Anonymous More than 1 year ago
LavendarBlue on LibraryThing More than 1 year ago
Awesome book. Makes me want to live, and eat, in Paris. Included at the end of every chapter are a few recipes and the few that I've made have turned out very well. A good book and good food. Double yum!
bibliophile.brouhaha on LibraryThing More than 1 year ago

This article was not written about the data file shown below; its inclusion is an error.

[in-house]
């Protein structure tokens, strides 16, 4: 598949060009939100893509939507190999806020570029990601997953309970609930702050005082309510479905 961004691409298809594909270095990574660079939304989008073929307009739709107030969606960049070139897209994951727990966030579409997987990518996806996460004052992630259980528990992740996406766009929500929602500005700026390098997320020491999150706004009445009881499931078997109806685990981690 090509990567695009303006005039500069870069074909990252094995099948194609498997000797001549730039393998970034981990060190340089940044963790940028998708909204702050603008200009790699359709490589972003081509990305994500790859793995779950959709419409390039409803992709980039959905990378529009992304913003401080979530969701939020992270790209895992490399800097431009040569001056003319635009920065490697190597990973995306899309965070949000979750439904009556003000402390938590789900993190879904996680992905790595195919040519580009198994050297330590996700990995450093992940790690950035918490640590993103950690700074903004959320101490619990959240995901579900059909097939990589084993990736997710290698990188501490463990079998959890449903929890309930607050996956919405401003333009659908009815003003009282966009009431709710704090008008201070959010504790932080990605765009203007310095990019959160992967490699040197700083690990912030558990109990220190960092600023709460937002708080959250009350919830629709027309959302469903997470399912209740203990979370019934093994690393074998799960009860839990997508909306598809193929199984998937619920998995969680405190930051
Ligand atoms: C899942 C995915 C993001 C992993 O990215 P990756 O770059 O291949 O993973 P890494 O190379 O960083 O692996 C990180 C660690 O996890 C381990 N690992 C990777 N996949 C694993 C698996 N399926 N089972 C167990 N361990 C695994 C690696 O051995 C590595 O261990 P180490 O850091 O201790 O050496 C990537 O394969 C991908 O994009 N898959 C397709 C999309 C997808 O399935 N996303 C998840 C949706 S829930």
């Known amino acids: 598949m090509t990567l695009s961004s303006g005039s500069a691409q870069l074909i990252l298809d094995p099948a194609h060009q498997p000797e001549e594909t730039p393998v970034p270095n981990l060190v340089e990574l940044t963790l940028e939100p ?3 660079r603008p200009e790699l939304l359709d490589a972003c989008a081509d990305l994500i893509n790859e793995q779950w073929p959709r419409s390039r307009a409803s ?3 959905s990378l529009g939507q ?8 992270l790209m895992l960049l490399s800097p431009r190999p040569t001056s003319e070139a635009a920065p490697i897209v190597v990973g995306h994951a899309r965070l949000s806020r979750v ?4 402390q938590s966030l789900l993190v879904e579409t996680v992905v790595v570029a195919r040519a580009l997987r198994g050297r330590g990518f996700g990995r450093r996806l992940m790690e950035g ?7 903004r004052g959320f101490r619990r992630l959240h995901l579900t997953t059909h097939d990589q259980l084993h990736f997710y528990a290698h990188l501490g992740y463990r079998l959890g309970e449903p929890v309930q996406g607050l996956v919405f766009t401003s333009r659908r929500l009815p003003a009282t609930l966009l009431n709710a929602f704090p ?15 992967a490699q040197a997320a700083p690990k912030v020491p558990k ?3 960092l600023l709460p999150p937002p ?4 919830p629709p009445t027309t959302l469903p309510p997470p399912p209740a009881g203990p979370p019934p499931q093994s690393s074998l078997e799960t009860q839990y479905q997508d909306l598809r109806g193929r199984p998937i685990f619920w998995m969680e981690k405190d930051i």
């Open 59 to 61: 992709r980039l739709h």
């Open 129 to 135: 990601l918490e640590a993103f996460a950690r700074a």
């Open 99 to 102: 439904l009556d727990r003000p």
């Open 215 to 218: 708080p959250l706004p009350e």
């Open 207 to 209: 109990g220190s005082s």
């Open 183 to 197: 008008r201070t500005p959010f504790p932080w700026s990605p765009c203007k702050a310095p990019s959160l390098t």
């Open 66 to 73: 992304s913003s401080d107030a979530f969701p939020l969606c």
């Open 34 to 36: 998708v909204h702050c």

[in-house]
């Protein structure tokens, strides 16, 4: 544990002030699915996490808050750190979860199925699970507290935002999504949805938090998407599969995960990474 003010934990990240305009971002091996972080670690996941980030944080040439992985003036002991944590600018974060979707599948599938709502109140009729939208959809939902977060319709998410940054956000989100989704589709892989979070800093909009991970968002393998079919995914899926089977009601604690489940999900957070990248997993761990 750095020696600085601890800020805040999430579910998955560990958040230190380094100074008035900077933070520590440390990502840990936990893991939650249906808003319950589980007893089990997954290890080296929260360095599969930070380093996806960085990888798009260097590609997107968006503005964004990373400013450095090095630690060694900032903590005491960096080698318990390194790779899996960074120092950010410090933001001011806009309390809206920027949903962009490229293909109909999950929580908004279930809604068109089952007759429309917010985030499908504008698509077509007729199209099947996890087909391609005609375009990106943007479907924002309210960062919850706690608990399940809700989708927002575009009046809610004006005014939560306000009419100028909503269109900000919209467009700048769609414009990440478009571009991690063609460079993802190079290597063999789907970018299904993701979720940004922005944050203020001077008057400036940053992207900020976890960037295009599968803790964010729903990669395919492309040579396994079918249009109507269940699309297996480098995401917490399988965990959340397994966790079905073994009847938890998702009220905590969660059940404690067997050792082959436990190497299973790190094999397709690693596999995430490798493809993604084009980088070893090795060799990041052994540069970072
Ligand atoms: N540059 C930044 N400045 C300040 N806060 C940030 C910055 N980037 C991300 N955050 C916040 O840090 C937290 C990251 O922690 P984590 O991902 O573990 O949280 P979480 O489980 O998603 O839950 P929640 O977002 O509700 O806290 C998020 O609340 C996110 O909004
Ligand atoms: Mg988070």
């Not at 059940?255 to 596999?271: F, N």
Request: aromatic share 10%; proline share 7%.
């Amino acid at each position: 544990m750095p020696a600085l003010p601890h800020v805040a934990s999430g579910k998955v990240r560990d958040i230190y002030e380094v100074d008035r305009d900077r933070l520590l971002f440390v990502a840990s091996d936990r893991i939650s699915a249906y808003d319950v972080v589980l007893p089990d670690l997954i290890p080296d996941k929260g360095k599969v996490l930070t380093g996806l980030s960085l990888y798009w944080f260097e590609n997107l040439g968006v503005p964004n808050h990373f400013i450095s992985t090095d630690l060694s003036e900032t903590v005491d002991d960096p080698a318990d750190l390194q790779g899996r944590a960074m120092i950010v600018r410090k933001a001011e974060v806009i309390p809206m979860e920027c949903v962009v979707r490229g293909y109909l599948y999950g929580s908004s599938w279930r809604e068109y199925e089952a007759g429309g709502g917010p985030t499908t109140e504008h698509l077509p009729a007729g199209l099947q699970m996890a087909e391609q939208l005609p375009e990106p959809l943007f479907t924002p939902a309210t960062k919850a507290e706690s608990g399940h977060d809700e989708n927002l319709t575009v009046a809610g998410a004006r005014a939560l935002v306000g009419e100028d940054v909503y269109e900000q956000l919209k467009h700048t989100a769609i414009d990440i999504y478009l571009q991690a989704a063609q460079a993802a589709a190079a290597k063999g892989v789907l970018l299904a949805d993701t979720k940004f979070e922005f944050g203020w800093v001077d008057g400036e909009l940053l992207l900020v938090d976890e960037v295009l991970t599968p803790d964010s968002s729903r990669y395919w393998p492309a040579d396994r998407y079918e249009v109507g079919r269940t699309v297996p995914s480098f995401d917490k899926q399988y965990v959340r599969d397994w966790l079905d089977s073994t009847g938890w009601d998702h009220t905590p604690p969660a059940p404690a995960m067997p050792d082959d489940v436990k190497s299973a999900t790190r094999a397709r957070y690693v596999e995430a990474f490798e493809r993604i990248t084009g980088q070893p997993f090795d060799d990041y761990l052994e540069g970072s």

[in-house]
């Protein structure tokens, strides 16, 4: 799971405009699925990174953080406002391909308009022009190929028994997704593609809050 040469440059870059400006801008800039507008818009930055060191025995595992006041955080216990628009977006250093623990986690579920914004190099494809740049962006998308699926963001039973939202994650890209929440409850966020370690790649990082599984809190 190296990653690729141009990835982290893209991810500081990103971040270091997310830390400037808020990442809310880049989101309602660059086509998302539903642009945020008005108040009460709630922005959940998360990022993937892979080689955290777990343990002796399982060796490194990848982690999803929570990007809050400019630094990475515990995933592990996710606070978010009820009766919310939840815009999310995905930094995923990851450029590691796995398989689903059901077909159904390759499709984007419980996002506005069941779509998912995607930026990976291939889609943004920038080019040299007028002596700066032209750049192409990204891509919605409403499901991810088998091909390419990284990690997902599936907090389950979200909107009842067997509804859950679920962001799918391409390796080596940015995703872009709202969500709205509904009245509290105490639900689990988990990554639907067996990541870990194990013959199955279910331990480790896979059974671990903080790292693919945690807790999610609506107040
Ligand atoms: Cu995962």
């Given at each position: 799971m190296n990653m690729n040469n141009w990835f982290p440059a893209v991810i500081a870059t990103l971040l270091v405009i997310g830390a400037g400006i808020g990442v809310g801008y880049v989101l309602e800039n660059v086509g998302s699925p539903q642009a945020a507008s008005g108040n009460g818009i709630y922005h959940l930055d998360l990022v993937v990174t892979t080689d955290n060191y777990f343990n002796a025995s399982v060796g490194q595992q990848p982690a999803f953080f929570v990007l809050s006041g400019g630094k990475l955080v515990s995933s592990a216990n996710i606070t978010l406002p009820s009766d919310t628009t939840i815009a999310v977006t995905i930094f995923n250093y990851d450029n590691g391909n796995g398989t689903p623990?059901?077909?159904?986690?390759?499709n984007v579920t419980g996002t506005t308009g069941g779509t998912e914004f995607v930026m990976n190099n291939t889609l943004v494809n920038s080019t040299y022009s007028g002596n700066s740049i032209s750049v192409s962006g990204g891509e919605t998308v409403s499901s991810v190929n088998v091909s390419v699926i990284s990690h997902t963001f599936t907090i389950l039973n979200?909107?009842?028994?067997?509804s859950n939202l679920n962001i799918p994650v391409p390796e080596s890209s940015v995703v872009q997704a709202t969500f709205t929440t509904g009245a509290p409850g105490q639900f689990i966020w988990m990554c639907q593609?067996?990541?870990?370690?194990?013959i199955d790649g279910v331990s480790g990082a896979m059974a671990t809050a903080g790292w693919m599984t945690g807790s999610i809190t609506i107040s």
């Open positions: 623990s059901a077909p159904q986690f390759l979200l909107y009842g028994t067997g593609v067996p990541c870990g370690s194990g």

"When I spotted him at a seminar on a hypertext version of Finnegan's Wake, I knew he had to be European." So begins Elizabeth Bard's attraction to a future lover in her 2010 offering Lunch in Paris: A Love Story, with Recipes. The man in question happens not only to be European, but French to boot. What follows is a witty and well-written chronicle of a relationship with that man, his culture, family, and, of course, the food.I am sure many of us have been nervous about meeting a significant other's family, but I could not imagine a trial by edible fire. Love is indeed the stuff of bloody meat and smelly cheese in France, and for an American girl looking for a love to last, she will face many obstacles on her way to sitting at that table. The relationship is chronicled by food, but not in an overbearingly obvious manner; particular dishes make appearances in each chapter the same way a beloved cousin or grown-up sibling pops in to say hello. Like the food itself, these eating rituals (along with family and social etiquette) add texture and culture in a way that fascinates Bard and also makes her wonder what her true role is and where her place in the world lies. Bard struggles with her identity as an individual - the person she always planned on being has not just made a right turn, but at times, the road to that very definite vision has disappeared completely. Mix that in with moderate discussions of U.S. vs French viewpoints on everything from grocery shopping to career planning, it is little wonder that Bard did not flee for the kindness of her homebase of New York City at times. Particularly poignant to me on a personal level are recollections of her father and commentary on her mother. Like Bard's, my parents are divorced, and very often, I caught myself nodding in agreement when she made certain observations. The good thing about being an adult is that you start seeing your parents as people; the bad thing is that you start seeing them as people. It's a catch-22 that is confounded further by painful memories. This book is wonderfully written, although things get tied up rather quickly in the end. I would recommend it for any woman looking for a good 'real' love story that's built on equal parts of frustration, adjustment and compassion. Anyone who has every felt out of step, out of time or like a stranger in a place they love will connect with it. Of course, any cook will appreciate it, too - I got my copy from the library, but I plan on purchasing my own copy for the amazing recipes alone.